I am taking a calculus 2 class in the summer and I came across this problem.

" Find the limit of the sequence with the given nth term. $a_n = \frac{2n}{\sqrt{n^2+1}}$ "

I turned that into a limit form.


But I got stuck at that point because using L'Hopitals rule ended up seeming to repeat (more on this later).

After searching, I eventually understood the problem to be solved through pulling an $n^2$ out of the square root (turning it into n) and then simplifying and just applying the limit to get $\frac{2}{1+0}$ for a final answer of 2.

My question is why did using L'Hopital's rule not work?

The form after seems to be $\infty/\infty$, so L'Hopitals's should of worked. Here is my work.

$\lim_{n\to\infty}\frac{2n}{\sqrt{n^2+1}}$ = $\lim_{n\to\infty}\frac{2\sqrt{n^2+1}}{n}$

At this point I applied the L'Hopitals's rule once more and arrived at the original limit. Did I make a mistake somewhere?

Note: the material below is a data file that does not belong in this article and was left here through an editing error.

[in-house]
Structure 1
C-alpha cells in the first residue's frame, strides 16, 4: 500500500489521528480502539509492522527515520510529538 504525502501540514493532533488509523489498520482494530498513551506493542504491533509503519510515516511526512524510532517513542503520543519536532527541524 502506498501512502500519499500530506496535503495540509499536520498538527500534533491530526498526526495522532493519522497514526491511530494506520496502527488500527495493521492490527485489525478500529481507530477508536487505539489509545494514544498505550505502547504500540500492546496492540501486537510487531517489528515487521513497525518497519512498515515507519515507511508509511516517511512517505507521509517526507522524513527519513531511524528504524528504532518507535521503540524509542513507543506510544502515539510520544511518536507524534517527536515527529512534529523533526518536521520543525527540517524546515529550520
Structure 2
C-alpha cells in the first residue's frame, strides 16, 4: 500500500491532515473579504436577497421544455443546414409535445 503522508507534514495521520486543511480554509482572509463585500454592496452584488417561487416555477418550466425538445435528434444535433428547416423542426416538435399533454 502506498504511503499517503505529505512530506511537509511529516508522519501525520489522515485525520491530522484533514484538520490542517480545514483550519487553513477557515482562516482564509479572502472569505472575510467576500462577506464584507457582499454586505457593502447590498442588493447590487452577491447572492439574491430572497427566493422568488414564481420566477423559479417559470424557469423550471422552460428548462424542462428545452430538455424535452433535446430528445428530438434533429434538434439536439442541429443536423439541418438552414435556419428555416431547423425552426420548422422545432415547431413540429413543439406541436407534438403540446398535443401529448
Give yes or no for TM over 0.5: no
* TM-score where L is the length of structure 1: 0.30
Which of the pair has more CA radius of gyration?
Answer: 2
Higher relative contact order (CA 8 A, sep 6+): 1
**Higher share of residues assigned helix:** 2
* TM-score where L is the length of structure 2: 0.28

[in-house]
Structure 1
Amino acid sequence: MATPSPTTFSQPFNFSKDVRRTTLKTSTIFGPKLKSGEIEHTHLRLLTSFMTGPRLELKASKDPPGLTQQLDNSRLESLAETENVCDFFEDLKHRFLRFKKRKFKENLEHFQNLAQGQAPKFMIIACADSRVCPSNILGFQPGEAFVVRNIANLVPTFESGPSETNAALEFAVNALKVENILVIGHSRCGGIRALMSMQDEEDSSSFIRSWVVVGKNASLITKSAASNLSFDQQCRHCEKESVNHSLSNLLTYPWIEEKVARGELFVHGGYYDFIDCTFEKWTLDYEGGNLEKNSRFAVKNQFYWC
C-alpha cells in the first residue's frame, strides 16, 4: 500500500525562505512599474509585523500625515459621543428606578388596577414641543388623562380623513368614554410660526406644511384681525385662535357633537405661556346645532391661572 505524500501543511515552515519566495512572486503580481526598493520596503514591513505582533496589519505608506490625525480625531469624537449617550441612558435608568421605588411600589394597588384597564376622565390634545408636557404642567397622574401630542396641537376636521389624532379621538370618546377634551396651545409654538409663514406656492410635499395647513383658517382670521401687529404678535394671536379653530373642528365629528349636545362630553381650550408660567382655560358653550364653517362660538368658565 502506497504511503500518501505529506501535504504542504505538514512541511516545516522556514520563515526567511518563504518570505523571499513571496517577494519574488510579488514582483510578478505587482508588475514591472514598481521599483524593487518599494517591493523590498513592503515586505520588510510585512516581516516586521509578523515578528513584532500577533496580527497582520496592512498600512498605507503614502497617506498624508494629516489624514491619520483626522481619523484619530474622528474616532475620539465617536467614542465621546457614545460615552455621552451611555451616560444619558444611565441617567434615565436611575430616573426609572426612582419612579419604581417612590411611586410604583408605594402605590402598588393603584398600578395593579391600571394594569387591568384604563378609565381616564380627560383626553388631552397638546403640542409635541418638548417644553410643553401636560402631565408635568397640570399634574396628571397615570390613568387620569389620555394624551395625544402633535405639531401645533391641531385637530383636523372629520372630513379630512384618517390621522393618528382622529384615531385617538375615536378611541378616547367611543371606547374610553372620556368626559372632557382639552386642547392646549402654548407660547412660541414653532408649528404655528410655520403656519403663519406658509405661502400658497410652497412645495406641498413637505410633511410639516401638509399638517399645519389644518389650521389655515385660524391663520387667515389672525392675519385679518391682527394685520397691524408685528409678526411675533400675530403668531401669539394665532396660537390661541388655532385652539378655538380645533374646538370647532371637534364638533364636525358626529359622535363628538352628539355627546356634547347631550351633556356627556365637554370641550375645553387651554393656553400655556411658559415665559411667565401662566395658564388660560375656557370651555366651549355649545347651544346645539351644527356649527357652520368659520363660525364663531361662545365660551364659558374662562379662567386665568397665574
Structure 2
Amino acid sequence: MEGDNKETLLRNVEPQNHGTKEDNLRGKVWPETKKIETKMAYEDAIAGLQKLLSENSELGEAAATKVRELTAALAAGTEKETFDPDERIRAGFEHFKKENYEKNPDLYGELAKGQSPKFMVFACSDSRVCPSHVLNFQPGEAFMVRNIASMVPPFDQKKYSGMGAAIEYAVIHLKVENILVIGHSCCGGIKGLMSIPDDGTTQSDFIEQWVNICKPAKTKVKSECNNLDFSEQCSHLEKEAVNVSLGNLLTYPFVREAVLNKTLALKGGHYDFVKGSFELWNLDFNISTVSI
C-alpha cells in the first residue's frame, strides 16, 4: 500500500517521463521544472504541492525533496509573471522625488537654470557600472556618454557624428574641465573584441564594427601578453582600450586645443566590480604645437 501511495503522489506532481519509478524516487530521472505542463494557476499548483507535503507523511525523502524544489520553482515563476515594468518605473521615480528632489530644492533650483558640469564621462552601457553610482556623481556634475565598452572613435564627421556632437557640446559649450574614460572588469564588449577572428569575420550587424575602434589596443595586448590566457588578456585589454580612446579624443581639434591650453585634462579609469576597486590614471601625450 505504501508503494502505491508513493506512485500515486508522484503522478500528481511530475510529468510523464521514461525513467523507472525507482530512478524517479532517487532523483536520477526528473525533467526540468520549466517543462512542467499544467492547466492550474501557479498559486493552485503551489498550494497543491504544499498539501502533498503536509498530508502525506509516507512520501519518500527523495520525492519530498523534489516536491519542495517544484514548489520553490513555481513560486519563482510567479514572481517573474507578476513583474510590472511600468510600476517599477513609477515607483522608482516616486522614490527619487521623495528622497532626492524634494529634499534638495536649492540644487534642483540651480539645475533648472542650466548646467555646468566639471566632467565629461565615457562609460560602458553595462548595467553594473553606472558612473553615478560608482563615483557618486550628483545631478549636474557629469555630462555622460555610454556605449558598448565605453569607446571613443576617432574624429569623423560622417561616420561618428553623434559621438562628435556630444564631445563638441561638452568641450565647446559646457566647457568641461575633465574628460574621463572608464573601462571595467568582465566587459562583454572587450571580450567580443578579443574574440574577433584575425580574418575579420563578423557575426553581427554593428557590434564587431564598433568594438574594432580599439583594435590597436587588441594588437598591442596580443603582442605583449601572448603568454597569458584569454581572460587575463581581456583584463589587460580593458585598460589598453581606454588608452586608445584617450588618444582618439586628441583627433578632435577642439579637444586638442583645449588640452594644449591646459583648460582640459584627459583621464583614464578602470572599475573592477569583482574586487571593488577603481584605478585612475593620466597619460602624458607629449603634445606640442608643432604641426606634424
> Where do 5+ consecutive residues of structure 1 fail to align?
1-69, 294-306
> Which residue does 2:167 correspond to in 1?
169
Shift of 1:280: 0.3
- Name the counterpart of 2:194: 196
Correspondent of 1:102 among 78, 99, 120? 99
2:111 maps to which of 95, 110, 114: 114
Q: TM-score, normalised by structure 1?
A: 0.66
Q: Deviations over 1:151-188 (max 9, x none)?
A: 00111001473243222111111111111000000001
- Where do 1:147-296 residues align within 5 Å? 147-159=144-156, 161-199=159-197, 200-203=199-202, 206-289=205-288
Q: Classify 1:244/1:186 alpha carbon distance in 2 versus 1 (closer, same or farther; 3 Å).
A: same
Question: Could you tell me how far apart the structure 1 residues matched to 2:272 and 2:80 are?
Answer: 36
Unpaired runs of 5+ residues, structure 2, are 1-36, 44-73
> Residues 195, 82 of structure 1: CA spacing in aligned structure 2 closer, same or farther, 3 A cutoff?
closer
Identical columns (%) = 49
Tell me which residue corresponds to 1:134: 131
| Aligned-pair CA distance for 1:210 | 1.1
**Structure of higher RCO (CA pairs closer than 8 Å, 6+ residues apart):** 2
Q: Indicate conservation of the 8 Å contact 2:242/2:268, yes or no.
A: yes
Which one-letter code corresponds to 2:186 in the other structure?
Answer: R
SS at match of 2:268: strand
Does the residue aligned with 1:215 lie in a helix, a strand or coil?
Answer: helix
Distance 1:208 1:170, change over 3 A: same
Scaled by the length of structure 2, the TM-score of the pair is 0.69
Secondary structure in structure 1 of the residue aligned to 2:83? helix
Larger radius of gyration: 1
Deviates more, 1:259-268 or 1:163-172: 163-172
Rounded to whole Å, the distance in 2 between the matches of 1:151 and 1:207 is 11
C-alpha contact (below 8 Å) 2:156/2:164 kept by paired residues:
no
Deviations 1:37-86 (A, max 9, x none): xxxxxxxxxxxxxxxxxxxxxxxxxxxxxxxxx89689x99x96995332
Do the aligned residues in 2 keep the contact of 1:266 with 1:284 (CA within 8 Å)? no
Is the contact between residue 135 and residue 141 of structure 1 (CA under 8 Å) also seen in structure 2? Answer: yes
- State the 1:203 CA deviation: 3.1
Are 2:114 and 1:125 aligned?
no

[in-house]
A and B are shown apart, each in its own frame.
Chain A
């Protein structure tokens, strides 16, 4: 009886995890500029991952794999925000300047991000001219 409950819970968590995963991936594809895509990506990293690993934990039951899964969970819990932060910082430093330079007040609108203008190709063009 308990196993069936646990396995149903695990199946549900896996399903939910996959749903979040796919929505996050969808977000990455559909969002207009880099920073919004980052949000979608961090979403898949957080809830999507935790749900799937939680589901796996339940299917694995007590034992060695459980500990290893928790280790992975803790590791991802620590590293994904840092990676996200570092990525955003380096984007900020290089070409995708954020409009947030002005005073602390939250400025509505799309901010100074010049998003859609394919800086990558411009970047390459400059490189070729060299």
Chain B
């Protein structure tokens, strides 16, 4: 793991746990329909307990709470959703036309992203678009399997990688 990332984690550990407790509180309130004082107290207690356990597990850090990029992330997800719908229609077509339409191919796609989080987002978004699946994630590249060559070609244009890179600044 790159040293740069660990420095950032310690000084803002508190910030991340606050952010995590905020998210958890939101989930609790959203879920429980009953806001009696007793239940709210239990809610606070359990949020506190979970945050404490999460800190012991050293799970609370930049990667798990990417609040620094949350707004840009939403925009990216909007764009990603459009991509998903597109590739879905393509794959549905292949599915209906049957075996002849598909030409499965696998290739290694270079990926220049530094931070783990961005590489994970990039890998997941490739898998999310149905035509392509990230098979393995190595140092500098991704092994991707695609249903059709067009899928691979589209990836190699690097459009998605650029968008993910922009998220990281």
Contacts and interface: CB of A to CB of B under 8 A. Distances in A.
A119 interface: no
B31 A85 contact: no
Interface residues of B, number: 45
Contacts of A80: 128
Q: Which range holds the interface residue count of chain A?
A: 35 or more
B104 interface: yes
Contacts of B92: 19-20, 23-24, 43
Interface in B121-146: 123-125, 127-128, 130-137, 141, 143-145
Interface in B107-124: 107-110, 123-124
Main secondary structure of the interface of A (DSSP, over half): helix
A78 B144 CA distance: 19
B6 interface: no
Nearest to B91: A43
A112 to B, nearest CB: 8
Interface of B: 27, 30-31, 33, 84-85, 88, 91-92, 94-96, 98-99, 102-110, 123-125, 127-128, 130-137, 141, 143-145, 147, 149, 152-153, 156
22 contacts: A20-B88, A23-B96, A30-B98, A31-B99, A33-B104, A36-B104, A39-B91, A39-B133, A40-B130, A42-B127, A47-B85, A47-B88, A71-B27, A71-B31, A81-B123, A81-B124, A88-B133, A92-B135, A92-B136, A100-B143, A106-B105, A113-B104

• $\begingroup$ "The form after seems to be $\infty/\infty$, so L'Hopitals's should [have] worked." - Unfortunately, just not true. Having the right form is a pre-condition for using L'Hopital's Rule, but does not guarantee that it will actually give you an answer. $\endgroup$ – David Jun 12 at 7:11
  • $\begingroup$ Compute the limit of the square. $\endgroup$ – Claude Leibovici Jun 12 at 7:21

It did work, as you have $\frac{2\sqrt{n^{2}+1}}{n}=2\sqrt{1+\frac{1}{n^{2}}}\rightarrow2$ the same as the original limit. The fact that it doesn't give you a seemingly simpler answer is not a problem.

  • $\begingroup$ So the issue with my problem solving wasn't that L'Hopital's rule was giving multiple indeterminate forms, but that L'Hopital's rule was not needed in the first place? $\endgroup$ – Musaab Ali Jun 12 at 8:18
  • $\begingroup$ @MusaabAli Yes to your second statement. I wouldn't call those forms indeterminate though, as you can easily calculate both by pulling $n^{2}$ out of the square root. $\endgroup$ – eranreches Jun 12 at 8:24

Hint (without L'hopital):


Last equality follows from $n>0$.


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